Silvia Stefini – Chair Chapter Zero Italy, Non-executive director of Energy companies
- Karina Litvack–Chairman, Climate Governance Initiative; Chairman, Sustainability & Scenarios Committee Committee, ENI
- Werner Schnappauf–Chairman of the German Council for Sustainable Development
- Lucyna Stanczak-Wuczynska–Chair Chapter Zero Poland Board Director
- Renato Mazzoncini – CEO A2A
- Marco Moretti – Boston Consulting Group Regional Leader Industry
This session engaged experts across Europe and addressed the breadth and severity of the most serious situation impacting Europe since WWII.
Karina Litvack brought her expertise and broader vision to describe what the perfect storm is about: a climate crisis has been happening for a number of years; the pandemic added economic and social challenges; when Europe was at the beginning of a post-pandemic recovery, it became evident that there was a mismatch with supply chain capabilities. Then the war created major disruptions and an extraordinary hot and dry summer contributed to an extreme energy crisis. What hard lessons has Europe learned? What do we do next?
Dr Werner Schnappauf, who leads the German Council for Sustainable Development and is a former minister of energy in Bavaria, added the global trends: changes in demography, the need of increasing digitalization, high prices for energy and food, high inflation and recession ahead. It is clear that climate is framed by multiple crises. Europe has become suddenly fully aware of the need to act in such acute situation: our values and market-oriented economy have been put under pressure, while we still need to protect the climate, biodiversity and nature. We learned that have to pay a price to defend democracy.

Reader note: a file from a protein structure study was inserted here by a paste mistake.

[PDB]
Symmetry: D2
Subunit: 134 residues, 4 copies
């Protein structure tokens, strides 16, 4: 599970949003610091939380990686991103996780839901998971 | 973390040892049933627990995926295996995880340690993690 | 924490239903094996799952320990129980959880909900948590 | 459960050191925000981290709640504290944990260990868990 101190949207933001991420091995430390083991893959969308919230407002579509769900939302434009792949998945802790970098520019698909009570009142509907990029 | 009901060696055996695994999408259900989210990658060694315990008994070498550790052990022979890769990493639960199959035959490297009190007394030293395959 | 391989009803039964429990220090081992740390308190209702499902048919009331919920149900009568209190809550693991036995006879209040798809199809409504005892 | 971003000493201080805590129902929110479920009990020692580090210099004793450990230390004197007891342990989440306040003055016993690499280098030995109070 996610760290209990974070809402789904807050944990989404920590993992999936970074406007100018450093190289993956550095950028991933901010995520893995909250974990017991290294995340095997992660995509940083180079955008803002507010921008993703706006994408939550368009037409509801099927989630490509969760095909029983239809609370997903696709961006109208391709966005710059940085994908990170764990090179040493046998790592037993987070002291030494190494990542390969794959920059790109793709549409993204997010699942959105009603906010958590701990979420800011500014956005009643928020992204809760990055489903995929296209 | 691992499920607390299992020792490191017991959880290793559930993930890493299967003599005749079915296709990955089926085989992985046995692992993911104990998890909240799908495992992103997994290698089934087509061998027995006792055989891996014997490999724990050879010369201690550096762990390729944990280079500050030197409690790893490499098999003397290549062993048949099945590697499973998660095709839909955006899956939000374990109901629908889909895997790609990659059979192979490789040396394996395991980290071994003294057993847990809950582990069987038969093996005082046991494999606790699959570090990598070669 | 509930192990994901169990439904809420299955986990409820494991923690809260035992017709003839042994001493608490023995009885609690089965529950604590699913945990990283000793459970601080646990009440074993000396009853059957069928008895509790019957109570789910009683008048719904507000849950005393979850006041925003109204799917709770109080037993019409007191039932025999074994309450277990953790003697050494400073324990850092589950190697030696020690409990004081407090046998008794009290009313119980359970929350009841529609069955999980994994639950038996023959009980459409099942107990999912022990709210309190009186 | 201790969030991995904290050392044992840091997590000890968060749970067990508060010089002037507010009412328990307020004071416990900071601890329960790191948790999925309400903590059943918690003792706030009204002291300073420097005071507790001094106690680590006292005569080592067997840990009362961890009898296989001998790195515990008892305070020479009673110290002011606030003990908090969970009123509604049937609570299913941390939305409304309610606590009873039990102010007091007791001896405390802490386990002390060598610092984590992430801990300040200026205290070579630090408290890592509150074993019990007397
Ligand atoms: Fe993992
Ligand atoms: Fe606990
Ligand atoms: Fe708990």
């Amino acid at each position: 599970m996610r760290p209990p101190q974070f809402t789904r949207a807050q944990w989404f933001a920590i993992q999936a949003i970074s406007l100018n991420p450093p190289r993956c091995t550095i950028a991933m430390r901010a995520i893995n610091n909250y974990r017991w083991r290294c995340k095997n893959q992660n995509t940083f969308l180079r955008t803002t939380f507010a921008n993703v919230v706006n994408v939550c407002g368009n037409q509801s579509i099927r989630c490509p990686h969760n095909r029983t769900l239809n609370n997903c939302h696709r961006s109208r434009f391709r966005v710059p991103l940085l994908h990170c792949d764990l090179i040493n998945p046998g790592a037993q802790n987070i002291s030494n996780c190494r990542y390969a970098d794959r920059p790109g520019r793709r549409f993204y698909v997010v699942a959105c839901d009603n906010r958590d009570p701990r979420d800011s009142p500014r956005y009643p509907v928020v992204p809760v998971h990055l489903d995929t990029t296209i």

The way forward is to maintain a mid-term horizon while dealing with the emergency, with the goal to turn around the energy system. Germany has a target of 80% of energy production from renewables by 2030 and reaching neutrality by 2045. These goals are not changing, even if we accepted that we would have to use more coal and LNG in the short term. Industry and people need a stable frame for sustainable development and future; we need to increase resilience and leverage innovation. Collaboration among corporations, governments and civil societies is essential to solve this critical situation. For the first time, industry, banks, insurance companies are all highly committed to work for a sustainable future. ESG is the main direction to follow, and it is desired by all players. Financial institutions, including banking and life insurance, have by nature a long-term sustainability goal. Governments (national and local) need to facilitate: for example, bureaucracy for permits is still too high (6-8 years for obtaining a permit for a wind park).